A Yorkshire-based businessman is suing big four accountant Deloitte and international law firm Clyde & Co over allegations that Barclays bank exerted “informal control” over the financial giants during the winding down of his firm.
Jason Schofield, a businessman who ran Leeds’ based storage firm Rhino Enterprises, is suing two joint administrators at Deloitte and its legal adviser for about £20m over allegations they failed to act independently in the administration process.
Schofield claims his business collapsed into administration after he was mis-sold an interest rate hedging product by Barclays bank in 2008. He later settled the case with the bank.
IRHPs are supposed to allow clients to manage fluctuations in interest rates. In 2012, the financial watchdog found there to be “serious failings” in the sale of IRHPs to small businesses who were unlikely to have understood their risks.
Schofield claims he encouraged Deloitte, the administrator, to pursue legal action against Barclays to recover the lost money, but that it failed to do so because of the close professional relationship it enjoyed with the bank on its preferred panel for insolvency work.
The claim form, seen by City A.M., argues that insolvency practitioners working for Deloitte are “highly motivated to build and maintain a close relationship” with the bank through various means, including the negotiation of lower fees in return for repeat work and the granting of secondments to Deloitte employees.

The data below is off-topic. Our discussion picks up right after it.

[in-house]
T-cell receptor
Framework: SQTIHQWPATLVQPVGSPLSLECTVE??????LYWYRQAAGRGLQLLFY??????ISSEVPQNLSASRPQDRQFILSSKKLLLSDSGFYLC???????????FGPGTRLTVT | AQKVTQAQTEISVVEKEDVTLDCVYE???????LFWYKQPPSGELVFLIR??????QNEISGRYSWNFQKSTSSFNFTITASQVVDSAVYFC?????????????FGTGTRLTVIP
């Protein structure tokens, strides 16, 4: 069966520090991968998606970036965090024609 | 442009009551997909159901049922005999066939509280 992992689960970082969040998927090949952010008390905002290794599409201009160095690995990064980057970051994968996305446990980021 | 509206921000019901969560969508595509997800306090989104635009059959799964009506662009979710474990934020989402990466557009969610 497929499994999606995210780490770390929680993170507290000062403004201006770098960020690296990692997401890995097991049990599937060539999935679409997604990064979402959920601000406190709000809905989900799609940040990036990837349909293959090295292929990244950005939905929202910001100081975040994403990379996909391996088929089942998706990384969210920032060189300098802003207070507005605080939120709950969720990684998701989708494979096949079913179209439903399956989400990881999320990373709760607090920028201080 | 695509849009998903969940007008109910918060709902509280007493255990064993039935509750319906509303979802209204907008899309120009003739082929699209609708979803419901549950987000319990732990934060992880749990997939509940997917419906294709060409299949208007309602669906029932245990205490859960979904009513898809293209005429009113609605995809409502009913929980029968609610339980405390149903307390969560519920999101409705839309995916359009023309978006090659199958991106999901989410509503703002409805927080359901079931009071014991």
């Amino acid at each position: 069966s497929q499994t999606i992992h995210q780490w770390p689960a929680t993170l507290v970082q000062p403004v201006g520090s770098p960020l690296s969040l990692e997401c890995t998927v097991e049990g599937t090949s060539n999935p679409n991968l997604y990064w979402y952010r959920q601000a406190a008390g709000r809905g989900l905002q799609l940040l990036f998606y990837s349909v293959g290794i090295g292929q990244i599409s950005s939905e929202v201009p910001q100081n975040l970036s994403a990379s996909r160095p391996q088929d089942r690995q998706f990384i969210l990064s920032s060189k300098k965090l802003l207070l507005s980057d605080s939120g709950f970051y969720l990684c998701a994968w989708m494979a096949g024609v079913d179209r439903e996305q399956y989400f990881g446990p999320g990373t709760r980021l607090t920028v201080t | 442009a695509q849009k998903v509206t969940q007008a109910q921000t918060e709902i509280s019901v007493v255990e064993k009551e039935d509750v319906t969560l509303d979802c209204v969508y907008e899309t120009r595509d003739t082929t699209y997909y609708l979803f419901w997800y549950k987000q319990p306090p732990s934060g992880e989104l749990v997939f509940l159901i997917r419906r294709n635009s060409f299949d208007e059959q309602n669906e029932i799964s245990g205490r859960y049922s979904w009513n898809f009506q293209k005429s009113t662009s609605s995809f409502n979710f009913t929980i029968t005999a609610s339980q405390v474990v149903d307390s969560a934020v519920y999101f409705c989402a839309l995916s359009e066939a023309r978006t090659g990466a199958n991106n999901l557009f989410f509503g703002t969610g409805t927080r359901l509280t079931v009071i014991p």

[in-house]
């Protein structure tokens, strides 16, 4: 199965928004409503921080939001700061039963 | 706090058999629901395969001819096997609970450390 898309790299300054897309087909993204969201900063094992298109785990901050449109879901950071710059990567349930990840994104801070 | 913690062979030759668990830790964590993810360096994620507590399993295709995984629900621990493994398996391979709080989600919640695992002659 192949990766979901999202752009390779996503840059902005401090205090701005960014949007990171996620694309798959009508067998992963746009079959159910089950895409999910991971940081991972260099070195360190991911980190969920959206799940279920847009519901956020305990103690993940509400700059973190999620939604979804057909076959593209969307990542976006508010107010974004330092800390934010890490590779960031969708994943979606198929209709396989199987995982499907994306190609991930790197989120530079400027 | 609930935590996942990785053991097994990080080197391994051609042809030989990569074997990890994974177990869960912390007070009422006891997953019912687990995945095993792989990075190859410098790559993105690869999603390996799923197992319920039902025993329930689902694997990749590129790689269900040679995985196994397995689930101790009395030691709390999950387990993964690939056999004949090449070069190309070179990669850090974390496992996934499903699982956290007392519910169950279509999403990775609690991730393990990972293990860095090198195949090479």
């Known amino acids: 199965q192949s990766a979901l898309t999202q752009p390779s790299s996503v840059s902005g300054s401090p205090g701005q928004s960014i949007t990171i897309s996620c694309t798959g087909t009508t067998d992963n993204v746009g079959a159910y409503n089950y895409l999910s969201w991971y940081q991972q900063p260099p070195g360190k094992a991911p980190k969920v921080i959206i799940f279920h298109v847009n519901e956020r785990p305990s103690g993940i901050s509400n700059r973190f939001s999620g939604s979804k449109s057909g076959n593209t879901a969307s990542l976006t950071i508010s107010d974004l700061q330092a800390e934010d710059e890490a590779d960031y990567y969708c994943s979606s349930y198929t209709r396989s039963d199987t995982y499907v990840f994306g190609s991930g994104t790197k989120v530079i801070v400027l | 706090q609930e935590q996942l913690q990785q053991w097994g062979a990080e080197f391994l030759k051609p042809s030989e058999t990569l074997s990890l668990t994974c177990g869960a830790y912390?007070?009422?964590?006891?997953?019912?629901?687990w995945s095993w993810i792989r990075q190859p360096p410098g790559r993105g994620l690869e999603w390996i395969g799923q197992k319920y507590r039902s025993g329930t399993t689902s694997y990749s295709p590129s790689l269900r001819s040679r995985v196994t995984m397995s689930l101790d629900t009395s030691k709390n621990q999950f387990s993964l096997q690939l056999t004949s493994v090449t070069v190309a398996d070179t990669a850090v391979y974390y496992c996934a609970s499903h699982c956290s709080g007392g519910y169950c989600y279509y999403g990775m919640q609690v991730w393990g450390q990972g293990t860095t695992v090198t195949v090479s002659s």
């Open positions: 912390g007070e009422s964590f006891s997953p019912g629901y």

“Consequently, the strong informal control that Barclays has over Deloitte’s insolvency practitioners allows them to effectively influence their actions throughout their involvement as administrators,” the claim said.
“The informal control is such that, where they are appointed administrators over a company with a serious and substantial claim against Barclays, members of Deloitte were either contracted not to litigate against Barclays or could not pursue the same without fear or favour and/or with the independence required,” it added.
During the administration process Deloitte appointed Clyde & Co to assess the merits of the mis-selling claim. Schofield’s firms claim the law firm was conflicted in its relationship with Barclays, having advised it on a $111m (£92m) bank loan facility to Enstar, a Bermuda-based insurance provider.
Schofield’s companies also accuse Clydes of passing on to Barclays its view that his mis-selling claim was without merit, in a breach of legal privilege.
A spokesperson for Clydes said: “We are aware of the complaint, consider it to be without foundation and refute the assertions in their entirety. It would be inappropriate to comment further at this time.”
Deloitte declined to comment. Rhino Enterprises declined to comment.